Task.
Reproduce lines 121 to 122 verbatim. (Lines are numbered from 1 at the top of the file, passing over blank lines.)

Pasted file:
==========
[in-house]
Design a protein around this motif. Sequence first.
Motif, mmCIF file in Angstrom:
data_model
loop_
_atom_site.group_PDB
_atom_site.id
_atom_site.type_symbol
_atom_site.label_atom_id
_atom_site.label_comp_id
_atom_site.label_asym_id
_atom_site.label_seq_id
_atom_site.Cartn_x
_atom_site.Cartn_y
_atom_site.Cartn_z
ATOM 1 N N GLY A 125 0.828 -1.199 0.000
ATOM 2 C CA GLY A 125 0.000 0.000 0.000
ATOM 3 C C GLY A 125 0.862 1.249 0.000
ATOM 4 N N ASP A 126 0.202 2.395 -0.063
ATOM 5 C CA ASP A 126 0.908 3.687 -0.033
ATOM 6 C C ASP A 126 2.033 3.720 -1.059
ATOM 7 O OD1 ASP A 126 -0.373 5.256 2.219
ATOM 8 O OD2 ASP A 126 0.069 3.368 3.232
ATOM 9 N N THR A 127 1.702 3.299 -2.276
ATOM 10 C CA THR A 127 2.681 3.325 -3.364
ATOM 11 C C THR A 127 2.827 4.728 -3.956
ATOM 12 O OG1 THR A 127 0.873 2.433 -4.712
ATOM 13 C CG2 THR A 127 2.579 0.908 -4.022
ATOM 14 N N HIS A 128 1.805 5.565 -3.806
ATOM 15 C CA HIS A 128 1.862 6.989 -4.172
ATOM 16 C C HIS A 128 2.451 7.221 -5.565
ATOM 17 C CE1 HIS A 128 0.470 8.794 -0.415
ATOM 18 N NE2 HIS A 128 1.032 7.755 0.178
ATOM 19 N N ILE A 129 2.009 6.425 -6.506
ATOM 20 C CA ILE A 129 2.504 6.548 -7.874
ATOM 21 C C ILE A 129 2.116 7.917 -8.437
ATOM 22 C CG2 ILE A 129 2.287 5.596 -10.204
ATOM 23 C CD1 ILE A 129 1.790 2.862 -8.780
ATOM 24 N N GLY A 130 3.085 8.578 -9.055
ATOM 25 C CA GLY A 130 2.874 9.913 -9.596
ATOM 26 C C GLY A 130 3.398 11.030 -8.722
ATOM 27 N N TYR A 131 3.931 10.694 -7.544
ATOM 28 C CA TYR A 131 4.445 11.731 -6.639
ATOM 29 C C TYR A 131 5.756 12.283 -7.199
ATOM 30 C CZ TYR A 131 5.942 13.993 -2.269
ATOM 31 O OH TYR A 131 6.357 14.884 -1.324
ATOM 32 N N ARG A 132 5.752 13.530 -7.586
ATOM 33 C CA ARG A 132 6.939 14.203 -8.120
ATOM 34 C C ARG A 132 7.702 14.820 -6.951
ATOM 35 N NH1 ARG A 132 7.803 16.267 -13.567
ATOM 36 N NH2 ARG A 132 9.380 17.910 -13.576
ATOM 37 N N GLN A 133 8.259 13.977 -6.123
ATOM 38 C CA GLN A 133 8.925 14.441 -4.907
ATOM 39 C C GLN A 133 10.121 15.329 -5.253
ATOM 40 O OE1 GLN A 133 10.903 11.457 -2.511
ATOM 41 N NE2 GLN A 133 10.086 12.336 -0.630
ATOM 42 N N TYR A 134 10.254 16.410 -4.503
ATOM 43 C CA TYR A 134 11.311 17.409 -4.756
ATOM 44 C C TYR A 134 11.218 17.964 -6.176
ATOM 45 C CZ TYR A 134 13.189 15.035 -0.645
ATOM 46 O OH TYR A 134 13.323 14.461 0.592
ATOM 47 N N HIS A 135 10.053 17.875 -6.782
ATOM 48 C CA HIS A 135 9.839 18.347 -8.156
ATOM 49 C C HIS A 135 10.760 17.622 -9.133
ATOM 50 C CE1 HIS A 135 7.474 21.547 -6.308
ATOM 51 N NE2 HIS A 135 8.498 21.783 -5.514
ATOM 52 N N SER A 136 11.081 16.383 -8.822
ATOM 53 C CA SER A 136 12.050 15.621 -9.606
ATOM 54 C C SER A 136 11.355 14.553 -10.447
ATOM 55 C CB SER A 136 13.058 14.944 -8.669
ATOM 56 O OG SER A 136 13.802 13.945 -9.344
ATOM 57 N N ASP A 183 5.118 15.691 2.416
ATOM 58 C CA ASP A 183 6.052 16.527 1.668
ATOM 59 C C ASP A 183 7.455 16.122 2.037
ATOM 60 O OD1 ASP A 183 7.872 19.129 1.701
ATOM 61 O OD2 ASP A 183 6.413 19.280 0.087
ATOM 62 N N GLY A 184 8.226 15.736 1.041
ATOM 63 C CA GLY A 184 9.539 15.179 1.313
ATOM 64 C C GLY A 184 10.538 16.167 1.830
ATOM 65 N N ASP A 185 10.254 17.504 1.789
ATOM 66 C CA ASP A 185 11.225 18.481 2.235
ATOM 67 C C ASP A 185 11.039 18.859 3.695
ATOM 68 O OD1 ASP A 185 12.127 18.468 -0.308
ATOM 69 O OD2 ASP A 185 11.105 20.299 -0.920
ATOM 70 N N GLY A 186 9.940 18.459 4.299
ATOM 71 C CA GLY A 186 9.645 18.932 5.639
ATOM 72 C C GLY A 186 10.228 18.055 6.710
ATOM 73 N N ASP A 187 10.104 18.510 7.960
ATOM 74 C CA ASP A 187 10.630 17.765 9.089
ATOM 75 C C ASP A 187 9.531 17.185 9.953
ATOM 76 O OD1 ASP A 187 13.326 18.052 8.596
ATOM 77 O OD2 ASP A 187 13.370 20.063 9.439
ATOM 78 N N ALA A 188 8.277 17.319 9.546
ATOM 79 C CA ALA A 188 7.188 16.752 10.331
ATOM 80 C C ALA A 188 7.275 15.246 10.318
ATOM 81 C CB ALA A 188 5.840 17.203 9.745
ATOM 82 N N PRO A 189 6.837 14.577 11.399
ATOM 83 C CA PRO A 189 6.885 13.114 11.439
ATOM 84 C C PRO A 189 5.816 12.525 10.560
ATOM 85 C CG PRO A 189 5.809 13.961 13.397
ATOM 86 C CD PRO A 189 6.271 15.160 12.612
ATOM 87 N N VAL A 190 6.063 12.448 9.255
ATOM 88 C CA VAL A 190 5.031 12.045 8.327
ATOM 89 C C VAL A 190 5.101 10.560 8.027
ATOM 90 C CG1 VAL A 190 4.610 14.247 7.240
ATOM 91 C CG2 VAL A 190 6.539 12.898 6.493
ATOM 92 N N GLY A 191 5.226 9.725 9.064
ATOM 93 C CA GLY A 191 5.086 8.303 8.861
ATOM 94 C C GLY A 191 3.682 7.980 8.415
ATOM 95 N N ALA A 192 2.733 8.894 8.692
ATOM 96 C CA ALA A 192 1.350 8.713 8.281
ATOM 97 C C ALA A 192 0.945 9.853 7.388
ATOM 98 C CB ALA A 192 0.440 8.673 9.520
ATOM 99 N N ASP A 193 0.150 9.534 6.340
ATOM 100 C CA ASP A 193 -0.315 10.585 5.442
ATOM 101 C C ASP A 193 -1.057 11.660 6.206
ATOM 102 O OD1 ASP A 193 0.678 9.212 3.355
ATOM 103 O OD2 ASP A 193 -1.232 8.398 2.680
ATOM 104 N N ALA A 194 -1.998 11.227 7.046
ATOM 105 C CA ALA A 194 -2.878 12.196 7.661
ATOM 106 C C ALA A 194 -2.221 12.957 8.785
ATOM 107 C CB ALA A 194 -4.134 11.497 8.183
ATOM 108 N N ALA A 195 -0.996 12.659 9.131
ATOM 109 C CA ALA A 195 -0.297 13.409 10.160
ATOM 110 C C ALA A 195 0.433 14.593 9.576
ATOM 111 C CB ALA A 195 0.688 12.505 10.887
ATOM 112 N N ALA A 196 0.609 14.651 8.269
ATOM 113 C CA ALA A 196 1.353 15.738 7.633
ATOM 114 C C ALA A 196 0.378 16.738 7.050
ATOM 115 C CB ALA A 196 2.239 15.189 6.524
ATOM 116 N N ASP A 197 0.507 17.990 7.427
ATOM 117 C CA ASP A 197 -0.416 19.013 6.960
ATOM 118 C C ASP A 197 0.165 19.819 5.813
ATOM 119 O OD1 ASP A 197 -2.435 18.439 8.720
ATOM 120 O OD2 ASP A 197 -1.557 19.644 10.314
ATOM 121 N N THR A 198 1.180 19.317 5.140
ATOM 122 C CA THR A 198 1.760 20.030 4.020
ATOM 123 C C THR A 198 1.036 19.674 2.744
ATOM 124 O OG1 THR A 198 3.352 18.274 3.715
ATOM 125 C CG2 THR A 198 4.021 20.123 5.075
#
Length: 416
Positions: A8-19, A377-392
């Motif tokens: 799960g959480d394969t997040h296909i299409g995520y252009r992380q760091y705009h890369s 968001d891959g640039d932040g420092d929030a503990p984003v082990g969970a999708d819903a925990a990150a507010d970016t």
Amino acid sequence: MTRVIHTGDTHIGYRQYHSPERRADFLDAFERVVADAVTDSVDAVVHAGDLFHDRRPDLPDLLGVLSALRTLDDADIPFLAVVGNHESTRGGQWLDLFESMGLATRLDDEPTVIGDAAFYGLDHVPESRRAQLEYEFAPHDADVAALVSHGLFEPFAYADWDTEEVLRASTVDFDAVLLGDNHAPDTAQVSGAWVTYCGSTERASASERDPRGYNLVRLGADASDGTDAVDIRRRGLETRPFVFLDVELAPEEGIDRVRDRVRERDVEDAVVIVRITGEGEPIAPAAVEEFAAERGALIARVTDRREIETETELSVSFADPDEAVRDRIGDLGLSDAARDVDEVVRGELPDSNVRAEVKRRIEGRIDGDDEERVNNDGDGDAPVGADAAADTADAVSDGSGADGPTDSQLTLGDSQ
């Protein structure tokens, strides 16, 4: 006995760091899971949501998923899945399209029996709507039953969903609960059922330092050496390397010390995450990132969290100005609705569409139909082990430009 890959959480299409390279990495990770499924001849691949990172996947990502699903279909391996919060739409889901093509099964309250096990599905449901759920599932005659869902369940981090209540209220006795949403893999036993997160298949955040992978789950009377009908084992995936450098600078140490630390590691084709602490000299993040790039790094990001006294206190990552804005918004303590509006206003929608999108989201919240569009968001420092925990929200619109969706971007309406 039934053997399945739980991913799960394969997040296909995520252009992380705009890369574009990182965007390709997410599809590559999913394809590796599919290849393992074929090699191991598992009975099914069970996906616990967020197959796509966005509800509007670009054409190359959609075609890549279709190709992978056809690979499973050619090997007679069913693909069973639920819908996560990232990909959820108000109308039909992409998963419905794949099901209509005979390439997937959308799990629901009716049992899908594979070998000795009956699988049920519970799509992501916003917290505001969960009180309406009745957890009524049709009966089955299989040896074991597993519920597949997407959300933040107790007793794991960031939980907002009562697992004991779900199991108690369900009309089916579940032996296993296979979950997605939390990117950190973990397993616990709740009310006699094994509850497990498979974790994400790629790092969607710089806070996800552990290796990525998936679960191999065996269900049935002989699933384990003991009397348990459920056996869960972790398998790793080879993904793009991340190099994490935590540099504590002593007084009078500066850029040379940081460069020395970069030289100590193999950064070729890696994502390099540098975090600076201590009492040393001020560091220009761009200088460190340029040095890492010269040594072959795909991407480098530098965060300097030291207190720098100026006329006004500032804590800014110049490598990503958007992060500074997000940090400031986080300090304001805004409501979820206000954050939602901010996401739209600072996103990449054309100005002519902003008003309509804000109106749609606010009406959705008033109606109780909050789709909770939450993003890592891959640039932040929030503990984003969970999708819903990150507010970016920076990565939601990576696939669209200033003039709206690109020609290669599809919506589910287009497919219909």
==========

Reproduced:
ATOM 106 C C ALA A 194 -2.221 12.957 8.785
ATOM 107 C CB ALA A 194 -4.134 11.497 8.183